While tying knots is a very important skill to have when working with rope, it's equally important to recognzie the effect they have. Knots can seriously decrease the overall strenght of the rope, not only while knot is tied in the rope, but even after the knot has been untied. This is due to primping and twisting that is often irreversible.
Knots can decrease rope strength by up to 50%, which could be catastrophic in a life safety or overhead lifting and rigging scenario. Studies have shown that a figure 8 knot, one commonly used to create a looped termination at the end of a rope, causes ropes to break at 75-80% of their typical strenght. This decrease in MBS could be enough to put the capacity below required safety factors.
A common reason knots are tied in ropes is to create an attachement point to secure a rope to a structure or object. There are other options available, which do not decrease the strength of the rope by nearly as much as a knot.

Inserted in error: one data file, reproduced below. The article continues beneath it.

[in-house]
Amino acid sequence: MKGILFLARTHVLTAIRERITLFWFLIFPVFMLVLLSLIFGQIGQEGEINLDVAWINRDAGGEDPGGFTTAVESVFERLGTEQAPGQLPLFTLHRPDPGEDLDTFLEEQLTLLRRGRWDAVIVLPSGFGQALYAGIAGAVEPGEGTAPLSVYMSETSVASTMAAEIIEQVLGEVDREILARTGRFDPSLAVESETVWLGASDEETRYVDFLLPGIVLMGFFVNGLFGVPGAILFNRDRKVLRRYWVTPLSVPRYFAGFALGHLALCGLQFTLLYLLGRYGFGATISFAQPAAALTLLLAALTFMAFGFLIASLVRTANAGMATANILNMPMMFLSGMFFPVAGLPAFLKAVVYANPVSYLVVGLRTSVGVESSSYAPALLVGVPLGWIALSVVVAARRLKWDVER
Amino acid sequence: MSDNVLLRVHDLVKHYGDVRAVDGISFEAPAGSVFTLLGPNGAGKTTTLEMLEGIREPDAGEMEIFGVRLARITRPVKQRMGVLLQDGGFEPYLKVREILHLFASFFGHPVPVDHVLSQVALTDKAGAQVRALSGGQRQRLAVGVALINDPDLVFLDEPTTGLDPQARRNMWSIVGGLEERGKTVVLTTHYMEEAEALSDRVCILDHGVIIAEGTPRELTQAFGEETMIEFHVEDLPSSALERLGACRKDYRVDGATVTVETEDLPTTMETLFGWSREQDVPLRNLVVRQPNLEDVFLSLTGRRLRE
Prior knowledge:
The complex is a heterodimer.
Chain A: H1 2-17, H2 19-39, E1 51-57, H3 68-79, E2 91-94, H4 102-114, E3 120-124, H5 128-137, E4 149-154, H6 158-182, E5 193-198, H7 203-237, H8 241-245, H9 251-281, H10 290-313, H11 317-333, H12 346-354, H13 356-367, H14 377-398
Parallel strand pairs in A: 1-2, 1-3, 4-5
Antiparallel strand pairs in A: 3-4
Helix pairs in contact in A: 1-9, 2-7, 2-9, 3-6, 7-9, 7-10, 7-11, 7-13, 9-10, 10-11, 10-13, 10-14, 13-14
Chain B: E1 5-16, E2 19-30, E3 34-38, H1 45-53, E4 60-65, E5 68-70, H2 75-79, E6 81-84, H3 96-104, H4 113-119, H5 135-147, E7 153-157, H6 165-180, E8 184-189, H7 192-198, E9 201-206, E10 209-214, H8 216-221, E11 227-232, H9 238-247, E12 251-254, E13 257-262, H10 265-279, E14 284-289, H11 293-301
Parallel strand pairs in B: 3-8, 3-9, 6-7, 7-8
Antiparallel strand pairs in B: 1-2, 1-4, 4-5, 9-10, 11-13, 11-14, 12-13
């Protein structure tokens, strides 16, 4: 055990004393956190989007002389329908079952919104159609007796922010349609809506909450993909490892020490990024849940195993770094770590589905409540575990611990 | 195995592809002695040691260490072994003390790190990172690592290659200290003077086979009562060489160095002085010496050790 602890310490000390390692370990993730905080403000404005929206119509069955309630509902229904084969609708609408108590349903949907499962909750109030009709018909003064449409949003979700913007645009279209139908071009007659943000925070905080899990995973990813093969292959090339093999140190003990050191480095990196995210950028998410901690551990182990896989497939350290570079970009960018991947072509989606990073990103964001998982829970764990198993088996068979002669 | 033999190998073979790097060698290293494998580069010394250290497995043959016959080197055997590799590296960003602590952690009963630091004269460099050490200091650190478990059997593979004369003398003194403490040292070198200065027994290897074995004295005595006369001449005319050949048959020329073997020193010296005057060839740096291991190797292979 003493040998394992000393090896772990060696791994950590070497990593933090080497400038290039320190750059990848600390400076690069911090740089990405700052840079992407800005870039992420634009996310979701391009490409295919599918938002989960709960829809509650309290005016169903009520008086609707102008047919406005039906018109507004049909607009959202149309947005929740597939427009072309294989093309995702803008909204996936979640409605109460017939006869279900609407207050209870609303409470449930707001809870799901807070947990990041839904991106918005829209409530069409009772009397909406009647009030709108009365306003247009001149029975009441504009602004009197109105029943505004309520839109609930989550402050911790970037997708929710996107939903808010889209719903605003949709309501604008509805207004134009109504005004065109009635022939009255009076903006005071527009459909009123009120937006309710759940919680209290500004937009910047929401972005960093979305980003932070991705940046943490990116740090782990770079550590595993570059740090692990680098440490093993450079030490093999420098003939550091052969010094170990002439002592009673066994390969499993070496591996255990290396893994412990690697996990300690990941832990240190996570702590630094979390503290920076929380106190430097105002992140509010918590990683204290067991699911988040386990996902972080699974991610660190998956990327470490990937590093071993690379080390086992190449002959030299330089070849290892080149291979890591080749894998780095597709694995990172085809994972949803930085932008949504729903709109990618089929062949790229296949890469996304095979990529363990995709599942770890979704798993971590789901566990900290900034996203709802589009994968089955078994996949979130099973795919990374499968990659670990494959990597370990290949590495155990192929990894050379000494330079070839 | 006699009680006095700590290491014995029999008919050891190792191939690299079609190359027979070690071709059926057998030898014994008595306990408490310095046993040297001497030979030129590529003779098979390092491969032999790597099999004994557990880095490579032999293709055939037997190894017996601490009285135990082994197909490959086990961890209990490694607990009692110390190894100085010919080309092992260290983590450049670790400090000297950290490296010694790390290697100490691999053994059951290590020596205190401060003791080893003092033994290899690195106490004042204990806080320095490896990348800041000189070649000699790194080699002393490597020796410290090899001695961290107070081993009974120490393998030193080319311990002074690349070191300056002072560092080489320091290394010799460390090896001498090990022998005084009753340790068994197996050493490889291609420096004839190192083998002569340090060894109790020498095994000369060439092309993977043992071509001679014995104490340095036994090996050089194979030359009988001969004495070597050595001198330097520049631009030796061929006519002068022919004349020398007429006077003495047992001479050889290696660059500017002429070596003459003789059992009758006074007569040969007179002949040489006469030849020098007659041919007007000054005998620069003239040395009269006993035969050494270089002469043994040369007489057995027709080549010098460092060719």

Reasons to retire your rope immediately:
Cut retired rope into short lengths to discourage future use - or discard it entirely. A retired rope should not be stored, kept, or maintained in such a way that it could inadvertently be used.
Termination Plates - A piece of hardware, typically made from milled aluminum, which has multiple holes. Rope is fed through these holes in a specific pattern, leaving the main hole at the end of the plate as an attachment point.
Factory Sewn or Spliced Eyes - Many rope manufacturers offer sewn eyes for kernmantle and double braid ropes, or hand spliced terminations for three strand ropes. These terminations are designed to drastically reduce the stress put on the rope to minimize strength loss. They also typically include a protective thimble or abrasion resistant sleeve to further protect the rope at the stress points.
Factory Installed Connectors - Rope manufacturers can also include hardware connection options. Snaphooks with swivels are included on many lifelines to make attachement even easier.